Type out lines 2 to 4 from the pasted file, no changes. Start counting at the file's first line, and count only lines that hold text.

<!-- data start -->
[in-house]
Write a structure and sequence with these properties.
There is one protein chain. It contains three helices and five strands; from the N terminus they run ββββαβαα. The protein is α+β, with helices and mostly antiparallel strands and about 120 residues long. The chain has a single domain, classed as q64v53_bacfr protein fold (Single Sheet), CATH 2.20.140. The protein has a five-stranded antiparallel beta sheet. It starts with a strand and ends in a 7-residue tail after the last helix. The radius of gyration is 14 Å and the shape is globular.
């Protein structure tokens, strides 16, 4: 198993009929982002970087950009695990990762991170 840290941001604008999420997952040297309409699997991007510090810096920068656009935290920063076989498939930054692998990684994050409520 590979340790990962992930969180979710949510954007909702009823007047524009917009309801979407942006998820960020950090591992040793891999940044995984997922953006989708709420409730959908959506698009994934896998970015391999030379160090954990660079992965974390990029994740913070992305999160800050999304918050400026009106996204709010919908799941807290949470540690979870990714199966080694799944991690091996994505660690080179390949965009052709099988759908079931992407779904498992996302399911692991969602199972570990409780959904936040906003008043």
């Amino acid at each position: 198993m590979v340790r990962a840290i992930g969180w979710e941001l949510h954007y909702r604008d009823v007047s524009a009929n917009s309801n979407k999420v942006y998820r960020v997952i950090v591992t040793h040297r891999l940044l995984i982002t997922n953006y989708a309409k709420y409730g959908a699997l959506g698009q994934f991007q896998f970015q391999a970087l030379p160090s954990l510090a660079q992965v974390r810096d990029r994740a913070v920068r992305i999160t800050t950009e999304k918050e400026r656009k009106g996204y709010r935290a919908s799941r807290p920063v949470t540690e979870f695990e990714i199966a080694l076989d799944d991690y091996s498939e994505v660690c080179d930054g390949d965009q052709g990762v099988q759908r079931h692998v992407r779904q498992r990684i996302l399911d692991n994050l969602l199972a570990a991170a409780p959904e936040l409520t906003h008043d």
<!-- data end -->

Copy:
Write a structure and sequence with these properties.
There is one protein chain. It contains three helices and five strands; from the N terminus they run ββββαβαα. The protein is α+β, with helices and mostly antiparallel strands and about 120 residues long. The chain has a single domain, classed as q64v53_bacfr protein fold (Single Sheet), CATH 2.20.140. The protein has a five-stranded antiparallel beta sheet. It starts with a strand and ends in a 7-residue tail after the last helix. The radius of gyration is 14 Å and the shape is globular.
């Protein structure tokens, strides 16, 4: 198993009929982002970087950009695990990762991170 840290941001604008999420997952040297309409699997991007510090810096920068656009935290920063076989498939930054692998990684994050409520 590979340790990962992930969180979710949510954007909702009823007047524009917009309801979407942006998820960020950090591992040793891999940044995984997922953006989708709420409730959908959506698009994934896998970015391999030379160090954990660079992965974390990029994740913070992305999160800050999304918050400026009106996204709010919908799941807290949470540690979870990714199966080694799944991690091996994505660690080179390949965009052709099988759908079931992407779904498992996302399911692991969602199972570990409780959904936040906003008043």